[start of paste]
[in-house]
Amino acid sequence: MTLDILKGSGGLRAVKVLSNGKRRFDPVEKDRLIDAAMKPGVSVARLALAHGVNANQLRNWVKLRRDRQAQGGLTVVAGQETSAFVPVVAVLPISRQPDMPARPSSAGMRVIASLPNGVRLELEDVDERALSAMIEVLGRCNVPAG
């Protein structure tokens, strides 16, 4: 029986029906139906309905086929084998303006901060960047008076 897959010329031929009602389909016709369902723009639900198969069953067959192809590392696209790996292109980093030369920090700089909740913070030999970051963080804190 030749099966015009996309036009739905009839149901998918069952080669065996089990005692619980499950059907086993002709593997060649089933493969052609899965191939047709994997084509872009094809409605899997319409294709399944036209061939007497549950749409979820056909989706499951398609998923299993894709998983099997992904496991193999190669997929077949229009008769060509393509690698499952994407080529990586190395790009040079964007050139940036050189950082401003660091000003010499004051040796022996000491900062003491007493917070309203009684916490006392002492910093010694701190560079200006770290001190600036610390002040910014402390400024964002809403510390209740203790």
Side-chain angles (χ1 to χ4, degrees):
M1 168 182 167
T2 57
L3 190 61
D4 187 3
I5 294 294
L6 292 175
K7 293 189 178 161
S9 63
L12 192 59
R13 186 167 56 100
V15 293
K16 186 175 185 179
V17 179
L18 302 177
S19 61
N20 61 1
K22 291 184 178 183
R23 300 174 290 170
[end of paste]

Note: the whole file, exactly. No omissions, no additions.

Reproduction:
[in-house]
Amino acid sequence: MTLDILKGSGGLRAVKVLSNGKRRFDPVEKDRLIDAAMKPGVSVARLALAHGVNANQLRNWVKLRRDRQAQGGLTVVAGQETSAFVPVVAVLPISRQPDMPARPSSAGMRVIASLPNGVRLELEDVDERALSAMIEVLGRCNVPAG
């Protein structure tokens, strides 16, 4: 029986029906139906309905086929084998303006901060960047008076 897959010329031929009602389909016709369902723009639900198969069953067959192809590392696209790996292109980093030369920090700089909740913070030999970051963080804190 030749099966015009996309036009739905009839149901998918069952080669065996089990005692619980499950059907086993002709593997060649089933493969052609899965191939047709994997084509872009094809409605899997319409294709399944036209061939007497549950749409979820056909989706499951398609998923299993894709998983099997992904496991193999190669997929077949229009008769060509393509690698499952994407080529990586190395790009040079964007050139940036050189950082401003660091000003010499004051040796022996000491900062003491007493917070309203009684916490006392002492910093010694701190560079200006770290001190600036610390002040910014402390400024964002809403510390209740203790």
Side-chain angles (χ1 to χ4, degrees):
M1 168 182 167
T2 57
L3 190 61
D4 187 3
I5 294 294
L6 292 175
K7 293 189 178 161
S9 63
L12 192 59
R13 186 167 56 100
V15 293
K16 186 175 185 179
V17 179
L18 302 177
S19 61
N20 61 1
K22 291 184 178 183
R23 300 174 290 170